November 11th, 2009

news, cronkite

Film at 11/Jobquest! -- The Walls on which the Prophets wrote are cracking at the seams

Fed Official Sees High Unemployment For Years

-- Associated Press, via NPR

You know, this actually makes me feel better about the job market in the near future.

Remember the Clinton Boom? (I know it's hard, but it really wasn't that long ago!)

Most "official government reports" of that period just foresaw the good times rollin' along. The few who saw the boom as part of a boom-and-bust cycle were dismissed as Chicken Littles. Same with the housing bubble that ranged through both the Clinton and Bush years.

In the same way, the government officials who currently insist that Recovery Is Just Around The Corner sound impossibly optimistic, seeing unicorns and rainbows in every little upward jig of an isolated economic indicator. Not only don't they convince us, they don't even sound like they've convinced themselves.

Official statements like this one sound so much more plausible. They're rooted in the "common sense" observations every one of us makes every day. They're logical extrapolations of the future from current conditions.

Just like those glorious predictions of the Infinite Boom.1

Because, you see, deep down, nobody really believes in change. They don't believe that things will ever be different. They find it hard to believe, in their hearts, that things ever were different, even if they experienced it themselves.2 My parenthetical comment above, about the Clinton Boom? 'Fess up: it's getting harder and harder to remember those times as genuinely prosperous, isn't it? Instead, it's just the top of a downward slope, not so much "better" as "where 'worse' started".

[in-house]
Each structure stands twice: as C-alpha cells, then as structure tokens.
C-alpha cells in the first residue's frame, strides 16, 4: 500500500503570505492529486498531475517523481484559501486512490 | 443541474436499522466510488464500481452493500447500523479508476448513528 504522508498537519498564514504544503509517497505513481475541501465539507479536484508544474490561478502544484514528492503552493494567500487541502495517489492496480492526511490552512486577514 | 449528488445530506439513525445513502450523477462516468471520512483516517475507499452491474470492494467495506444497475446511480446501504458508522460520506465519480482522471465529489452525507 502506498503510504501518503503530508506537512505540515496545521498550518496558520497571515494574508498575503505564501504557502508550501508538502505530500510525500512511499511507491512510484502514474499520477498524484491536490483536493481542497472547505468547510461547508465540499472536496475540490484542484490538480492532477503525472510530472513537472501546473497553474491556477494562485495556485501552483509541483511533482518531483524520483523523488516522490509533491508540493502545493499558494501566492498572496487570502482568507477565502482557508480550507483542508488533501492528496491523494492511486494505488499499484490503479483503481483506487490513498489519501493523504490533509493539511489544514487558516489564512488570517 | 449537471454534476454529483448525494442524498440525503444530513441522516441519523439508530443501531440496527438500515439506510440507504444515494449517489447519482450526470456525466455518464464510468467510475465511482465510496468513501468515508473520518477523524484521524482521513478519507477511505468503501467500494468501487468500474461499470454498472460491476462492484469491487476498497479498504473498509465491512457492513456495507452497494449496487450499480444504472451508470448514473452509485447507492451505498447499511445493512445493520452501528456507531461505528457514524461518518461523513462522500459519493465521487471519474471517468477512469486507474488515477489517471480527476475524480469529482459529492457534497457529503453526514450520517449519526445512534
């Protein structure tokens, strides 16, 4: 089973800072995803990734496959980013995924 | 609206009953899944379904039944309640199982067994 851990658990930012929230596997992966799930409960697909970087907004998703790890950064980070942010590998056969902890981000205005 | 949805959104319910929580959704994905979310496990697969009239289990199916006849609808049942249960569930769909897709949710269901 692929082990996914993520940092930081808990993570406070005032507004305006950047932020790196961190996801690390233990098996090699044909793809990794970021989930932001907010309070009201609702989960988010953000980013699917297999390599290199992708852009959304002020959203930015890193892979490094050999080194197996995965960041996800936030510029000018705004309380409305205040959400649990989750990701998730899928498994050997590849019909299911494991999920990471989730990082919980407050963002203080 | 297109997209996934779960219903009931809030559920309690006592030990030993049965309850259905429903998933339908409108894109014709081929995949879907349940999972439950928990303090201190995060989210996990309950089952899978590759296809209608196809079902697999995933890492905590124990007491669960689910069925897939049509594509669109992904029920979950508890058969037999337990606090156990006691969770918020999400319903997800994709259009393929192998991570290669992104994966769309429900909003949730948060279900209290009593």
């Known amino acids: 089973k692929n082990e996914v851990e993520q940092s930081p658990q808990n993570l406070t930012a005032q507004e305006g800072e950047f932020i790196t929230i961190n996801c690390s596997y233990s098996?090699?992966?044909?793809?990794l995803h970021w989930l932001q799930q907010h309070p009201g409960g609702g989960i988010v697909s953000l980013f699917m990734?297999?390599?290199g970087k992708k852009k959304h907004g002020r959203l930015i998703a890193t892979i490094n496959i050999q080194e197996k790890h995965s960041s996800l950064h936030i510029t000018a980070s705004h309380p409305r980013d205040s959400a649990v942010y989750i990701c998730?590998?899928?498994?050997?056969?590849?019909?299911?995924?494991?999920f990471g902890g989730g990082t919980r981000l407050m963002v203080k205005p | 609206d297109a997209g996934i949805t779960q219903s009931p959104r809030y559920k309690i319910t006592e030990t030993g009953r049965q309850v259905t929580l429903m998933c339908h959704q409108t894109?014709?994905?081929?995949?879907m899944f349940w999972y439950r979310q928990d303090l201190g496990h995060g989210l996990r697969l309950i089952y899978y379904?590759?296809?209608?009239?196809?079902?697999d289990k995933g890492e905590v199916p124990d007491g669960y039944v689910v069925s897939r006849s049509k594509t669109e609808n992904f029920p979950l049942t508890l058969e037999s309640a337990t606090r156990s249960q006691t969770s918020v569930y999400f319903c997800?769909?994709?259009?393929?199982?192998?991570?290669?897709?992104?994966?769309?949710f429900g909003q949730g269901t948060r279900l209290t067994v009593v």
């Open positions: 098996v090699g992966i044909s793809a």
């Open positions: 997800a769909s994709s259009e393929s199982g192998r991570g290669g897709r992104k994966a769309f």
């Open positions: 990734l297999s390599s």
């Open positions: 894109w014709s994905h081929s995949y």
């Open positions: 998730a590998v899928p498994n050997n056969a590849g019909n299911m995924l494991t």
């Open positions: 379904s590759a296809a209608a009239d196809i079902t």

Don't read too much into this post, really. It's just an early-morning knee-jerk reaction to a headline article. Semantically, it boils down to, "hey, the government says this, so it must be wrong."

I suppose that's as good as any other method of economic prediction.


1Somewhere along the line, as Boom shifted into Decline and from there to Bust, the treatment of the "Technological Singularity" in speculative fiction shifted from "The Rapture of the Nerds" to the geek equivalent of Left Behind. See Accelerando, by Charlie Stross, for a good example of the latter.

2This is, of course, the root of Global Warming Denial.


Eye of Agammotto

Feed Your Head: Things I KNOW, but need to LEARN


Pessimism is a self-fulfilling prophecy.
So is optimism.


-- distilled from Robert Anton Wilson,
"Ten Good Reasons to Get Out of Bed in the Morning".




My thinking is broken. I've assimilated unhealthy memes.

Taking control of my life means, first and foremost, taking control of my head.

Re-Reading List:
  • Robert Anton Wilson, The Illuminati Papers
  • S.I. Hayakawa, Language in Thought and Action
  • R. Buckminster Fuller:

    • Operating Manual for Spaceship Earth
    • Utopia or Oblivion
    • Ideas and Integrities
    • Critical Path (Have I actually read this, or has it just been sitting on my shelf for years?)

  • Sun Bear, The Path of Power
  • Alan Watts, The Wisdom of Insecurity
  • Robert Pirsig, Zen and the Art of Motorcycle Maintenance
  • Richard Bach:

    • Illusions: The Adventures of a Reluctant Messiah
    • Jonathan Livingston Seagull (Hush. It's my metaprogramming list.)




Eye - VK, Voight-Kampf test

Goodbye, Little Purple Car.

The tow truck just took my little purple car away.

I loved that little car. It was the first vehicle I ever owned that wasn't a piece of rusty crap from day one.

I had that car longer than any dog I ever owned, and we'd been through a lot more together, so please pardon me if I mourn an "inanimate" object as if she were alive. I knew her moods, I knew her limits. I could and did out-drive Porsches in that little four-banger, because I knew exactly what she could do.

Goodbye, Grape. I loved you.